The two powers have become increasingly close over the past year, sharing in particular a backing for the opposition in Syria's war.
Before beginning his Gulf trip in Bahrain on Sunday, Erdogan said Turkish troops and their Syrian rebel allies had entered the centre of Al-Bab, the Islamic State group's last stronghold in the northern Syrian province of Aleppo.
In Bahrain, Saudi Arabia's island neighbour and close ally, Erdogan met King Hamad and other officials.
Since Saudi King Salman ascended the throne in 2015, Riyadh and Ankara have repaired ties strained over the 2013 ousting of Egypt's Muslim Brotherhood president Mohamed Morsi, a Turkish ally.
Saudi Arabia has been one of the main supporters of Egypt's current President Abdel Fattah al-Sisi, who as army chief overthrew Morsi.
In April last year Salman visited Erdogan, who awarded him a rare honour, the Order of State.
Turkey then began hosting Saudi warplanes at its Incirlik air base as part of the US-led coalition against IS jihadists, who are among an array of factions fighting in Syria.
Ankara has taken on an increasingly important role with Moscow and Iran as a powerbroker in the Syria conflict.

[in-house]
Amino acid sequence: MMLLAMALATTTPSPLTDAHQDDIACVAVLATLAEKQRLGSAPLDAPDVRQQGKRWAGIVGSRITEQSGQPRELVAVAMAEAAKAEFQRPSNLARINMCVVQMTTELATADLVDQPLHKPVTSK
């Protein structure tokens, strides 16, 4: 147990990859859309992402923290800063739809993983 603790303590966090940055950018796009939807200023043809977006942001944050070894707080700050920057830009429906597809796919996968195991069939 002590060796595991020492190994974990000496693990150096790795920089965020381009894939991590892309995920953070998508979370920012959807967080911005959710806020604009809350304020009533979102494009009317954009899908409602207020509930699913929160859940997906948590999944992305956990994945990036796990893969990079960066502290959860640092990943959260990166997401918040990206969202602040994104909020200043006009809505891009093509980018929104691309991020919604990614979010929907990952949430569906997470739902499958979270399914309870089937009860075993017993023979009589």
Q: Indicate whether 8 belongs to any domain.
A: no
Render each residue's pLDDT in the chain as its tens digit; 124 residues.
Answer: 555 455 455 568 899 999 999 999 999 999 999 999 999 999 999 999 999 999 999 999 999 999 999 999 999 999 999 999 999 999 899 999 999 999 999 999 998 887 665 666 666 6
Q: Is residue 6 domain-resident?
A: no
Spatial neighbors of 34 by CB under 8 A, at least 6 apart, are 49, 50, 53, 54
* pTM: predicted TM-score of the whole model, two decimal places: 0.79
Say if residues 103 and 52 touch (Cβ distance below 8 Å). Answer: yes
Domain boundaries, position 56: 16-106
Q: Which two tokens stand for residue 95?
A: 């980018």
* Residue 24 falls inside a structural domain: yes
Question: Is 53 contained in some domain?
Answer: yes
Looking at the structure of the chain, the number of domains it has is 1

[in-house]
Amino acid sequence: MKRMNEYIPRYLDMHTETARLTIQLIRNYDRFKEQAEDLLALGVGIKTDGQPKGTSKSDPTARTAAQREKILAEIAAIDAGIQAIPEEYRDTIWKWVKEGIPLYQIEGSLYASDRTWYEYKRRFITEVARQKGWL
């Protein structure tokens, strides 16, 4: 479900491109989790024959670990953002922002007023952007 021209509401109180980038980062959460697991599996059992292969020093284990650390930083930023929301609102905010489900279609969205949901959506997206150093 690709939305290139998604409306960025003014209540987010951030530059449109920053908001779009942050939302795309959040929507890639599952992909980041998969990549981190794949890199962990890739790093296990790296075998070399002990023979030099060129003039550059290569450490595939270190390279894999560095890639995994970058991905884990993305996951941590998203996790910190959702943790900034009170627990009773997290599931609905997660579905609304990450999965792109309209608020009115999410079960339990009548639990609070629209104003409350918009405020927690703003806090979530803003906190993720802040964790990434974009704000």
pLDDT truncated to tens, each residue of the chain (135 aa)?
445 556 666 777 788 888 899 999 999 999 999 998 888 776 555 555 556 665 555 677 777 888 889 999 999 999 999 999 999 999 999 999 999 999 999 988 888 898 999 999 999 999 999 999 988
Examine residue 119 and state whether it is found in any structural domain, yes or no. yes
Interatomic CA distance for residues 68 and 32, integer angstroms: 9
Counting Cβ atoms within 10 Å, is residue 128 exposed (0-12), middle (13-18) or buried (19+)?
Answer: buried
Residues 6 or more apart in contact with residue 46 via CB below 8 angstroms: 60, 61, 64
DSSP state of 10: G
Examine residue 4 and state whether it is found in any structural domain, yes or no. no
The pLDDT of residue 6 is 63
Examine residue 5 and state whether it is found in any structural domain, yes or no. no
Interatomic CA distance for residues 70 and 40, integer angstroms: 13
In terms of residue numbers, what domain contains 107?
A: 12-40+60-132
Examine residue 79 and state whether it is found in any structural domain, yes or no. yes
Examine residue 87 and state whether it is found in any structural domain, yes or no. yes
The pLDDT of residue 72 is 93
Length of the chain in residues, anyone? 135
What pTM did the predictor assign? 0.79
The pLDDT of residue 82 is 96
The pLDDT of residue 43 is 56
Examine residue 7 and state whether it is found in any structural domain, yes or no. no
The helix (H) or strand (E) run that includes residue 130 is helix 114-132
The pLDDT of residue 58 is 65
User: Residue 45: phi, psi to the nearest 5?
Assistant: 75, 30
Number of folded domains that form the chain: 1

Analysts say the capture late last year by Syria's army of the country's second city Aleppo, backed by Russian air strikes, was a setback for Saudi Arabia and Qatar.
The Gulf states have supported rebels whose struggle to oust President Bashar al-Assad seems increasingly fruitless.
In January Turkey, along with Assad allies Russia and Iran, sponsored talks in Kazakhstan between Syrian rebels and government officials.
There was no breakthrough, but Kazakhstan has proposed another round in Astana this Wednesday and Thursday, before United Nations-sponsored peace talks resume in Geneva on February 23.
On Monday in Manama, Erdogan called for a "safe zone" in northern Syria where people displaced by the war could go.
The positions of Saudi Arabia and Turkey are "absolutely identical" on Syria, Saudi Foreign Minister Adel al-Jubeir said last week in Ankara.
He attended the first meeting of a coordination council to enhance ties between the two countries.
Both Riyadh and Ankara are hoping for better relations with Washington under President Donald Trump.
For Turkey, ties were strained under Barack Obama because of Washington's support for Syrian Kurdish militia, which Ankara views as "terrorist" groups.
Saudi Arabia felt Obama was reluctant to get involved in the civil war in Syria and was tilting towards its regional rival Iran.
From Riyadh, Erdogan on Tuesday will journey to Qatar, with which Turkey has maintained strong ties for years. Qatar also hosts a Turkish military base.
While both states are united in their backing for rebels fighting Assad's regime, they also shared support for Egypt's Muslim Brotherhood.